A groundbreaking - and terrifying - examination of the widespread resurgence of antisemitism in the 21st century, by the prize-winning and number-one internationally best-selling author of Hitler's Willing Executioners.
Antisemitism never went away, but since the turn of the century it has multiplied beyond what anyone would have predicted. It is openly spread by intellectuals, politicians, and religious leaders in Europe, Asia, the Arab world, America, and Africa and supported by hundreds of millions more. Indeed, today antisemitism is stronger than any time since the Holocaust.
In The Devil That Never Dies, Daniel Jonah Goldhagen reveals the unprecedented, global form of this age-old hatred; its strategic use by states; its powerful appeal to individuals and groups; and how technology has fueled the flames that had been smoldering prior to the millennium.
A remarkable work of intellectual brilliance, moral stature, and urgent alarm, The Devil That Never Dies, is destined to be one of the most provocative and talked-about books of the year.
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a good and timely work
this is a timely call to attention to the dismaying rise of global anti-Semitism
im sure the list of horrible slanders and acts could go on for longer than this exhaustive book does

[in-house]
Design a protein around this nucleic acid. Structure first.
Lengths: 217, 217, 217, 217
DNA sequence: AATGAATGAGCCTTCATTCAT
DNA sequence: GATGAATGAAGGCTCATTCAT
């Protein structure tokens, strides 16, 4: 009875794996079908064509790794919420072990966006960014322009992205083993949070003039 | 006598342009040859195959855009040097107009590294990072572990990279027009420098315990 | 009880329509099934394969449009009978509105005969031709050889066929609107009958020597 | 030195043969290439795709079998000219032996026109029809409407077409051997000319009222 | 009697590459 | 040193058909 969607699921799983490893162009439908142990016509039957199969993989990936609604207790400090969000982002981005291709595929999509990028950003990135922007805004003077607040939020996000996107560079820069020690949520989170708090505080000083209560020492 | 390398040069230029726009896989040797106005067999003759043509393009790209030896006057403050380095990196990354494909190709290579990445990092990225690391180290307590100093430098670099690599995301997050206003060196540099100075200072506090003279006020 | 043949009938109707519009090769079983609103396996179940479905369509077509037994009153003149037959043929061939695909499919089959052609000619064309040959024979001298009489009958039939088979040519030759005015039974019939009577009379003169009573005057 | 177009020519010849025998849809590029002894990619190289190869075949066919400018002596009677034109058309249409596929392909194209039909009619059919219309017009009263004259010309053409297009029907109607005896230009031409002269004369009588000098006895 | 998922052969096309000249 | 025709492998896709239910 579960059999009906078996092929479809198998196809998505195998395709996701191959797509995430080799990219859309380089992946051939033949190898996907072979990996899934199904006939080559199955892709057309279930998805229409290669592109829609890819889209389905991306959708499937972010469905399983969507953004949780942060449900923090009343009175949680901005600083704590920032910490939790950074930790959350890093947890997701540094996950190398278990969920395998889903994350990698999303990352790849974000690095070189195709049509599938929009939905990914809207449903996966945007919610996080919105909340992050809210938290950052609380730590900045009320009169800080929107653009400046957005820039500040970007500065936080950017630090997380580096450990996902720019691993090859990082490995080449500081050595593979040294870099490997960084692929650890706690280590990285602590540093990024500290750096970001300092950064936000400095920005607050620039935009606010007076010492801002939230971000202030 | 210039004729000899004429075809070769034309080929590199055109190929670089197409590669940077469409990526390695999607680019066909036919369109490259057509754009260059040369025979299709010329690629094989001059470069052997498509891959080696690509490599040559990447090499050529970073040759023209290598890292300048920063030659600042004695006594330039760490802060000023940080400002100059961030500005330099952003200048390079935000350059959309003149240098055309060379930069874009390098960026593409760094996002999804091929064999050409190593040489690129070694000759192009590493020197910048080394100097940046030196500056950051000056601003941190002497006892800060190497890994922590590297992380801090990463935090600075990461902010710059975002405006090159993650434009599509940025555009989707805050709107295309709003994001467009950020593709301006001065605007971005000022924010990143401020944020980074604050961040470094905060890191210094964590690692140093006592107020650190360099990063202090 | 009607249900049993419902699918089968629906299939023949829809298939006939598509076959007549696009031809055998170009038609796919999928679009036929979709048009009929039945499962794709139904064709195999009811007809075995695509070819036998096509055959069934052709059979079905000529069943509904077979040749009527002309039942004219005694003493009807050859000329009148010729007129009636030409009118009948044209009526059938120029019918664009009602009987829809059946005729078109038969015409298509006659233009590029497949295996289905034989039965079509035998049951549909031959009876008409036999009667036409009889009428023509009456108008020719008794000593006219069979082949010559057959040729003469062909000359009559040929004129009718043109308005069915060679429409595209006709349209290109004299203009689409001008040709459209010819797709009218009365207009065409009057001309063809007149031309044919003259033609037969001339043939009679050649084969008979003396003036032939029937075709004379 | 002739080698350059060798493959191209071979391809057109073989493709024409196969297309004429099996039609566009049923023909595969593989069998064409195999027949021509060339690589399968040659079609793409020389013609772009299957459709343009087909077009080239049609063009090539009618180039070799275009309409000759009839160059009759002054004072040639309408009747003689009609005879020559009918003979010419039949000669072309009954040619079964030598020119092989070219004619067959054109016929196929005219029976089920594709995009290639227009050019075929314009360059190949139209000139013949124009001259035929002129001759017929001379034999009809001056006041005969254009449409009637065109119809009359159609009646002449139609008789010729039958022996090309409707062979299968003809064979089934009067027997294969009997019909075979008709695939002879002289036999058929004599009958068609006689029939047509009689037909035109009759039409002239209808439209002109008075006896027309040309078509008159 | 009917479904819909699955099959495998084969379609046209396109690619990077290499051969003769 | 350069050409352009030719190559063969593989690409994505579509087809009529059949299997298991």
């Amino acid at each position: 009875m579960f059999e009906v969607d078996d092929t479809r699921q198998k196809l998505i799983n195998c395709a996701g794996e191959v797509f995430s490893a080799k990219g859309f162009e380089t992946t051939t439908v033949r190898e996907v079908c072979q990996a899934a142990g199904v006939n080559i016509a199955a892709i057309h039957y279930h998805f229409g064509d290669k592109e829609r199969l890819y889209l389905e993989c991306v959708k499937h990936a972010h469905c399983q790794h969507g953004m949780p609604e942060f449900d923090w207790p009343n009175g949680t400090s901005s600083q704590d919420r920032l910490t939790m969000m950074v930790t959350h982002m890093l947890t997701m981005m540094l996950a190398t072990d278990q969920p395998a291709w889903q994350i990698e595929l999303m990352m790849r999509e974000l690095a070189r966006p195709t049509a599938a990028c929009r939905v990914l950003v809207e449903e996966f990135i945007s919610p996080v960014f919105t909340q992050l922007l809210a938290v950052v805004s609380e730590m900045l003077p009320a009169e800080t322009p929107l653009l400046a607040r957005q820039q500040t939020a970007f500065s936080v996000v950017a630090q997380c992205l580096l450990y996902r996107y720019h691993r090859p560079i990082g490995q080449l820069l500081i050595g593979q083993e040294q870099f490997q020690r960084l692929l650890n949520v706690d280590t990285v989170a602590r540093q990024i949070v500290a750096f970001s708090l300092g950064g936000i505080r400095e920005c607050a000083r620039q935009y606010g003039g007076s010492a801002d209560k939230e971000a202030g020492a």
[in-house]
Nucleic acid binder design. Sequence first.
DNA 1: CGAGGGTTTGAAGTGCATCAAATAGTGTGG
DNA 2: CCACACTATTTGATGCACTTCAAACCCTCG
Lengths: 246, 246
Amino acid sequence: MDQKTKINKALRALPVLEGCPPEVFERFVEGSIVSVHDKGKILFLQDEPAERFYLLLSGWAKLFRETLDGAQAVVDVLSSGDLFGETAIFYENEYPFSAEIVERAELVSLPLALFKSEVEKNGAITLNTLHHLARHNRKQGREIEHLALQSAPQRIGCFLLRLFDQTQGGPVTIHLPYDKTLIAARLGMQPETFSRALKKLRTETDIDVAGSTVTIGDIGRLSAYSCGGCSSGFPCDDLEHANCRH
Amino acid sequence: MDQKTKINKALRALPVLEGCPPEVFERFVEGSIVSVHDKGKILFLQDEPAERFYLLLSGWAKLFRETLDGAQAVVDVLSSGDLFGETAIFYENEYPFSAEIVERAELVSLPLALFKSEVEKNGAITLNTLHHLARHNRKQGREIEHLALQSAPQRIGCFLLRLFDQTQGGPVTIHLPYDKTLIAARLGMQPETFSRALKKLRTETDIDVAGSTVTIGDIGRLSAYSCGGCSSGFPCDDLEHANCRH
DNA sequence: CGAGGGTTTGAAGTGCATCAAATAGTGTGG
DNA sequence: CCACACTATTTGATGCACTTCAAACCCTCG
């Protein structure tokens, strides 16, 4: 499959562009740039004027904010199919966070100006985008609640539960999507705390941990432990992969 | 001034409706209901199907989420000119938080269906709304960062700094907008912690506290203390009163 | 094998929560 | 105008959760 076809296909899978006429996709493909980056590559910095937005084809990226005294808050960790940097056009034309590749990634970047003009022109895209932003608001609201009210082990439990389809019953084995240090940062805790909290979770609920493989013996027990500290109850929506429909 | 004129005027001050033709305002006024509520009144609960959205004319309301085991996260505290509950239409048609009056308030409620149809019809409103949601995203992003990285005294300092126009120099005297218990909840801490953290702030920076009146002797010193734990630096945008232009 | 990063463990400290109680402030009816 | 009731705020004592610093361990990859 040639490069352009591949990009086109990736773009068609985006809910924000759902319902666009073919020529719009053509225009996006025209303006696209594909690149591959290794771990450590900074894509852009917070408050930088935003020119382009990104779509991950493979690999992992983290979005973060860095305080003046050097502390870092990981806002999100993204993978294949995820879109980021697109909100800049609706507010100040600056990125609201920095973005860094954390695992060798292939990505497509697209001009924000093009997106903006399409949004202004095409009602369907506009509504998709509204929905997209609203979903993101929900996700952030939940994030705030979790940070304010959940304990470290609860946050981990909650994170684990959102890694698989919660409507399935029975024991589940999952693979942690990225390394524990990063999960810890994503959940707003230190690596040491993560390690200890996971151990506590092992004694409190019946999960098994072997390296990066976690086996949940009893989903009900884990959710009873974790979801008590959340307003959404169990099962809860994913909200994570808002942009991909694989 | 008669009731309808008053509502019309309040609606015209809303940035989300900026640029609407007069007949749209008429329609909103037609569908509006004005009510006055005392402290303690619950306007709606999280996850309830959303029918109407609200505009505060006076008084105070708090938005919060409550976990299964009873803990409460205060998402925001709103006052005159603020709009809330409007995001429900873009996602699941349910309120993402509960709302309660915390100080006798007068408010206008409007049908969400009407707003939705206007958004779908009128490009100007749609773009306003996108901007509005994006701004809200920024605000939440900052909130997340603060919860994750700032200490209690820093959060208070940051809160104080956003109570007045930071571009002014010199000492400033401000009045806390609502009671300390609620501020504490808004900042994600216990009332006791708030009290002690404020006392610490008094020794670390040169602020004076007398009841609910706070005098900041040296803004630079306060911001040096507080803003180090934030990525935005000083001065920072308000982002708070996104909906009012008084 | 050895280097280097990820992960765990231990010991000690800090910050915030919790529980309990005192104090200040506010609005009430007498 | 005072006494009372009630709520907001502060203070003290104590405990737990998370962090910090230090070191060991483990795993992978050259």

My only real issues with the book are its seeming desire to rank the many various discriminations the the world has seen especially when the author seems not to understand how insidious some of these are especially slavery.To try and rank them in some sort of league table is very distasteful.My other issue is that it seems to think that to question Israel for trying to flatten Palestine with a force a thousand times worse than it gave is somehow anti-Semitic.I dont want to get bogged down in the issue and i understand that Israel has a right to defend its self just like any other country does.That does not give it a right to board+shoot up an aid flotilla though and expect to have no international censure.That is not to say that Israel's military aggression is always wrong or an embodiment of the will of it's people.
Aside from those issues i have with the book,a large amount of the work could be transferred to any form of discrimination,for instance if a person commits a crime pointing out an irrelevant characteristic,in this case obviously that characteristic is there religion.Also holding up either transgression or crime of a Jew or a collection of Jews while overlooking similar crimes of a different group
was solid all the way through even though one finds themselves dismayed that such ideas are not only continuing but on the rise
is a worthy effort+a good piece of conciousness raising and definitely worth being read
- Nicky Beet